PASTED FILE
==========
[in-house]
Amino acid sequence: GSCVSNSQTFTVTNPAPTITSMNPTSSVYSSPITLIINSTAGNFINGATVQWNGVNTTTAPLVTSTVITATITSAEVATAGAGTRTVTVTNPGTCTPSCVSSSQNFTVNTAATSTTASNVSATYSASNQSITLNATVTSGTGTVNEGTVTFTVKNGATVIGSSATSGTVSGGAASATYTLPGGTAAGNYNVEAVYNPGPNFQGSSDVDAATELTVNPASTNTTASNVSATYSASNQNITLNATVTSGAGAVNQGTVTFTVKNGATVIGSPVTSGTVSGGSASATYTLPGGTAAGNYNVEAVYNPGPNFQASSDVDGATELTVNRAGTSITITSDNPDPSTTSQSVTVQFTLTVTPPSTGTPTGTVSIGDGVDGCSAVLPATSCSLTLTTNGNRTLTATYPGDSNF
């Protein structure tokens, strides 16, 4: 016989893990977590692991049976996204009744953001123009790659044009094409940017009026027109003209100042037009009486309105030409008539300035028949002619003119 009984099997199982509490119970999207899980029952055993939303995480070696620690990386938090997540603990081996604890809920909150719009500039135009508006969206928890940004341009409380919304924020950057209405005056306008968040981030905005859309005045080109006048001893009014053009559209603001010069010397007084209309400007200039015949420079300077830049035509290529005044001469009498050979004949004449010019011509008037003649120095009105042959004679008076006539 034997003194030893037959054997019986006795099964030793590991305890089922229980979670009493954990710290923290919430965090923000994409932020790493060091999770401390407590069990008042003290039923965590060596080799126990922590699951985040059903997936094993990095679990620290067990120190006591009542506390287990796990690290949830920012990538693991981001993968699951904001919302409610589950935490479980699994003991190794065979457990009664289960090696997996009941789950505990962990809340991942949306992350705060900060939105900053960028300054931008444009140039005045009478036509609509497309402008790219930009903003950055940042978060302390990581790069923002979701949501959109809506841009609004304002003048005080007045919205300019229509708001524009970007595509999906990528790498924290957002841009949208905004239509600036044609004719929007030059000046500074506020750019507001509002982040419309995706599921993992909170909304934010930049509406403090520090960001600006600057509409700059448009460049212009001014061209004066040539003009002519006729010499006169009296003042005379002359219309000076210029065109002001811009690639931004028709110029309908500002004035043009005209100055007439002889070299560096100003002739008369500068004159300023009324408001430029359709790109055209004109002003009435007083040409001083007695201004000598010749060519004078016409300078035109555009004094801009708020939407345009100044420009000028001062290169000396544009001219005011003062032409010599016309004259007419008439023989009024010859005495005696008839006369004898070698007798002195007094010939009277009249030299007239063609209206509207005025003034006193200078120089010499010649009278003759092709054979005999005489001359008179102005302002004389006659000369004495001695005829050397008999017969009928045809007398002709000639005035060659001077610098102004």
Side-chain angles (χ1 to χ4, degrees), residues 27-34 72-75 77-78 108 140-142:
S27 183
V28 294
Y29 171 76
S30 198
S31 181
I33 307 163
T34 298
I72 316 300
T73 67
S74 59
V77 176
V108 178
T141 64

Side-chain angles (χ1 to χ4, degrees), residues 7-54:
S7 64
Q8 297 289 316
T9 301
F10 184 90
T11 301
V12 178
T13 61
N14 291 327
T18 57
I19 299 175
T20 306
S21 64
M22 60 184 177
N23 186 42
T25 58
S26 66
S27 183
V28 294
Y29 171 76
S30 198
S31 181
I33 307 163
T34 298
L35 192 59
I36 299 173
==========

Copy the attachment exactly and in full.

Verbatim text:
[in-house]
Amino acid sequence: GSCVSNSQTFTVTNPAPTITSMNPTSSVYSSPITLIINSTAGNFINGATVQWNGVNTTTAPLVTSTVITATITSAEVATAGAGTRTVTVTNPGTCTPSCVSSSQNFTVNTAATSTTASNVSATYSASNQSITLNATVTSGTGTVNEGTVTFTVKNGATVIGSSATSGTVSGGAASATYTLPGGTAAGNYNVEAVYNPGPNFQGSSDVDAATELTVNPASTNTTASNVSATYSASNQNITLNATVTSGAGAVNQGTVTFTVKNGATVIGSPVTSGTVSGGSASATYTLPGGTAAGNYNVEAVYNPGPNFQASSDVDGATELTVNRAGTSITITSDNPDPSTTSQSVTVQFTLTVTPPSTGTPTGTVSIGDGVDGCSAVLPATSCSLTLTTNGNRTLTATYPGDSNF
């Protein structure tokens, strides 16, 4: 016989893990977590692991049976996204009744953001123009790659044009094409940017009026027109003209100042037009009486309105030409008539300035028949002619003119 009984099997199982509490119970999207899980029952055993939303995480070696620690990386938090997540603990081996604890809920909150719009500039135009508006969206928890940004341009409380919304924020950057209405005056306008968040981030905005859309005045080109006048001893009014053009559209603001010069010397007084209309400007200039015949420079300077830049035509290529005044001469009498050979004949004449010019011509008037003649120095009105042959004679008076006539 034997003194030893037959054997019986006795099964030793590991305890089922229980979670009493954990710290923290919430965090923000994409932020790493060091999770401390407590069990008042003290039923965590060596080799126990922590699951985040059903997936094993990095679990620290067990120190006591009542506390287990796990690290949830920012990538693991981001993968699951904001919302409610589950935490479980699994003991190794065979457990009664289960090696997996009941789950505990962990809340991942949306992350705060900060939105900053960028300054931008444009140039005045009478036509609509497309402008790219930009903003950055940042978060302390990581790069923002979701949501959109809506841009609004304002003048005080007045919205300019229509708001524009970007595509999906990528790498924290957002841009949208905004239509600036044609004719929007030059000046500074506020750019507001509002982040419309995706599921993992909170909304934010930049509406403090520090960001600006600057509409700059448009460049212009001014061209004066040539003009002519006729010499006169009296003042005379002359219309000076210029065109002001811009690639931004028709110029309908500002004035043009005209100055007439002889070299560096100003002739008369500068004159300023009324408001430029359709790109055209004109002003009435007083040409001083007695201004000598010749060519004078016409300078035109555009004094801009708020939407345009100044420009000028001062290169000396544009001219005011003062032409010599016309004259007419008439023989009024010859005495005696008839006369004898070698007798002195007094010939009277009249030299007239063609209206509207005025003034006193200078120089010499010649009278003759092709054979005999005489001359008179102005302002004389006659000369004495001695005829050397008999017969009928045809007398002709000639005035060659001077610098102004």
Side-chain angles (χ1 to χ4, degrees), residues 27-34 72-75 77-78 108 140-142:
S27 183
V28 294
Y29 171 76
S30 198
S31 181
I33 307 163
T34 298
I72 316 300
T73 67
S74 59
V77 176
V108 178
T141 64

Side-chain angles (χ1 to χ4, degrees), residues 7-54:
S7 64
Q8 297 289 316
T9 301
F10 184 90
T11 301
V12 178
T13 61
N14 291 327
T18 57
I19 299 175
T20 306
S21 64
M22 60 184 177
N23 186 42
T25 58
S26 66
S27 183
V28 294
Y29 171 76
S30 198
S31 181
I33 307 163
T34 298
L35 192 59
I36 299 173